In the PBS Kids TV show “The Cat in the Hat Know a Lot About That!” episode entitled “Rumbly Tumbly,” Nick, Sally and the Cat in the Hat take a trip into Thing One’s stomach to learn why stomachs make noises. Although we can’t miniaturize ourselves to see how the body works, consumers still are taking an increased interest in a certain health and wellness arena: digestive health.
BC30, a science-backed probiotic within Kerry’s ProActive Health portfolio, surveyed more than 13,000 consumers across 16 countries earlier this year. The results show that demand for probiotics is on the rise.
For instance, 25% of respondents noted using a probiotic-containing product in the past six months, which is up from 21% in 2019, it says. China and Mexico showed particularly high usage from respondents with numbers at 49% and 42%, respectively.
Beyond usage, the survey also found awareness of probiotics continues to increase. On a global scale, 47% of respondents were aware of probiotics and cultures, which is up from the 42% that were aware in 2019 as part of the “Kerry Global Consumer Survey – Digestive & Immune Health.” In the recent survey, Latin America and North America respondents exhibited high awareness of probiotics with 63% and 61%, respectively.
“A range of factors have driven the continuing growth in demand for gut health solutions generally, and for probiotics in particular,” said John Quilter, vice president of global portfolio of ProActive Health at Kerry, in a statement. “Demographic changes such as population aging and lifestyle choices have increased the prevalence of digestive disorders, while the pandemic has accelerated the shift towards more proactive approaches to health. As a result, consumers want to see functional ingredients in their favorite food and beverage products, and they’re increasingly well educated about the role of probiotics and their ability to support both digestive health and overall wellness. Manufacturers who formulate functional foods and beverages using science-backed probiotic strains can therefore meet a range of market needs.”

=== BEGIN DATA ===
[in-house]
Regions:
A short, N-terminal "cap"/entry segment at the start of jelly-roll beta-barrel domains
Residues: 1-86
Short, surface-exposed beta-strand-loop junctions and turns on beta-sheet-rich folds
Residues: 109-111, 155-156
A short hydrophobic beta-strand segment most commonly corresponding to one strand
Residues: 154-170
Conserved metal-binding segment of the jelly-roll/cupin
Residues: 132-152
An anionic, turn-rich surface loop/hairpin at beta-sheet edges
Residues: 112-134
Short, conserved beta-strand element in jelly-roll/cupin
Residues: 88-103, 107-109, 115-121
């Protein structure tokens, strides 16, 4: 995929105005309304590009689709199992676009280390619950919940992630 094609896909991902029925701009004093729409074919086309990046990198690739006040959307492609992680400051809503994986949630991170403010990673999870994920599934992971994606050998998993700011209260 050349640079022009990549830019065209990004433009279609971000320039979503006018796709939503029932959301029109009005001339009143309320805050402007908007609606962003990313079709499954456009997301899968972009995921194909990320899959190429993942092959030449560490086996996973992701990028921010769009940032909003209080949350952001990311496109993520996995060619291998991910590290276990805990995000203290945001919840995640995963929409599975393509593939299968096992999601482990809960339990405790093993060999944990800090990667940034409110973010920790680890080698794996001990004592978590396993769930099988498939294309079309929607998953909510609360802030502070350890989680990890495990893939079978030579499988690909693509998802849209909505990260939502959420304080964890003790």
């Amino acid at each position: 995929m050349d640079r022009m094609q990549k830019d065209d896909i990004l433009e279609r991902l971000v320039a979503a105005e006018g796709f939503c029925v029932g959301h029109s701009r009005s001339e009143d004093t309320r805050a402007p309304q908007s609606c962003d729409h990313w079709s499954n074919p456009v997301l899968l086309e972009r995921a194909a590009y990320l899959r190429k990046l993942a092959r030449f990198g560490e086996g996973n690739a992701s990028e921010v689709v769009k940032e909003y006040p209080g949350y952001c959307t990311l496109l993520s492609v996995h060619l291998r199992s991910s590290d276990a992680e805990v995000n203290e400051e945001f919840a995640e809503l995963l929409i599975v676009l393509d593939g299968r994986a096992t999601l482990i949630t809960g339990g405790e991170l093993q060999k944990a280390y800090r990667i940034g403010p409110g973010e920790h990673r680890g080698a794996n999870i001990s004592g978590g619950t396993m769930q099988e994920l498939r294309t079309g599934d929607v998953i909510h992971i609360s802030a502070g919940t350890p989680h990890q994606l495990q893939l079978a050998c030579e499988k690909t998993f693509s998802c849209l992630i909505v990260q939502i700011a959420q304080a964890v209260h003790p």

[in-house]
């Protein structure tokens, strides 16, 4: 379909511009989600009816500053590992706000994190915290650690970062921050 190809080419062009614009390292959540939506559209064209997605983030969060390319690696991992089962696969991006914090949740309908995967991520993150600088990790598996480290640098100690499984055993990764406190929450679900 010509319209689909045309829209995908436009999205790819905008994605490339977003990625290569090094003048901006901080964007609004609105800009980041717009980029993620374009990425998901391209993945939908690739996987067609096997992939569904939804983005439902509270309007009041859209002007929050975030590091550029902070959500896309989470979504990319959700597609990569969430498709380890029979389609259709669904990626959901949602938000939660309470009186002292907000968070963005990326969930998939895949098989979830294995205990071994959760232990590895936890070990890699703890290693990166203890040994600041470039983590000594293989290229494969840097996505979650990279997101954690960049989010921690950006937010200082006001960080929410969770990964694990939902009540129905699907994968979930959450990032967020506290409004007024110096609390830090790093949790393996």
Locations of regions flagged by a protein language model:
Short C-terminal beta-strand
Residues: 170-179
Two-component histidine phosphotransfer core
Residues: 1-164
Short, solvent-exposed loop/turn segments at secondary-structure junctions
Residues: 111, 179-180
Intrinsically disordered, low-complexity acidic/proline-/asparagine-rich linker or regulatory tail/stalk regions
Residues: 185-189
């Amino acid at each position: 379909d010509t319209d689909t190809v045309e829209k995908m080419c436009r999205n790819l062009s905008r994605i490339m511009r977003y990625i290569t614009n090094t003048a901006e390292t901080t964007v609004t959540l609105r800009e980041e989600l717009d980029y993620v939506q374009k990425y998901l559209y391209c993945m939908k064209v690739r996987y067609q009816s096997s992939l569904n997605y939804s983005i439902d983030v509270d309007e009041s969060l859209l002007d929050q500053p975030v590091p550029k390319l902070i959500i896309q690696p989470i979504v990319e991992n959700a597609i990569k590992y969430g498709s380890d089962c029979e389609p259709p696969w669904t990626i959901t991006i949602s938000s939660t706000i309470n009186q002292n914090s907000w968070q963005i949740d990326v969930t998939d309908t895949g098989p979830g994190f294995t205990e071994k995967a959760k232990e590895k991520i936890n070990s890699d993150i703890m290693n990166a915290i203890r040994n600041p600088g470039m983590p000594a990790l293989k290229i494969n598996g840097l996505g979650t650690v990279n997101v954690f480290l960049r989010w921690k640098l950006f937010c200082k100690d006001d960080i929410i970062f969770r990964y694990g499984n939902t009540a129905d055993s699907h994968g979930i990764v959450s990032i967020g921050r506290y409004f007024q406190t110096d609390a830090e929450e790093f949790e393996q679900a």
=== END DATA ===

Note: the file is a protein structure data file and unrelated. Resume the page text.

As an early adopter of probiotics, the beverage market continues to support this consumer need state with innovative new products. For example, Yoi, which means “good” in Japanese, launched its Probiotic Nut & Seedmilks line in Bay Area independent grocers. Yoi beverages are crafted in small batches from organic ingredients including almonds, coconut and pumpkin seeds. Co-founders Ellie Wells and Tosh Nakagawa were inspired by the ancient art of Japanese fermentation and the concept of ikigai. “Ikigai means ‘your reason for being,’ or what gets you out of bed in the morning,” Nakagawa stated. “We want to make products that help people feel good so that they can do good. That is our ikigai.”
NextFoods, which has been utilizing probiotics in its GoodBelly line for 15 years, has even found a way to make probiotic consumption more convenient with GoodBelly To Go Fast Melts, a line of quick-dissolving, fruity probiotic powders. Designed for on-the-go consumption, GoodBelly To Go Fast Melts can be consumed by pouring into a small amount of water or another beverage as well as by direct consumption. The new GoodBelly To Go Digestion Fast Melts are made with the probiotic strain Lactobacillus Plantarum 299v (LP299V).
As interest in probiotics looks to continue to grow, I anticipate beverage-makers will find more innovative ways to support functional products and digestive health trends.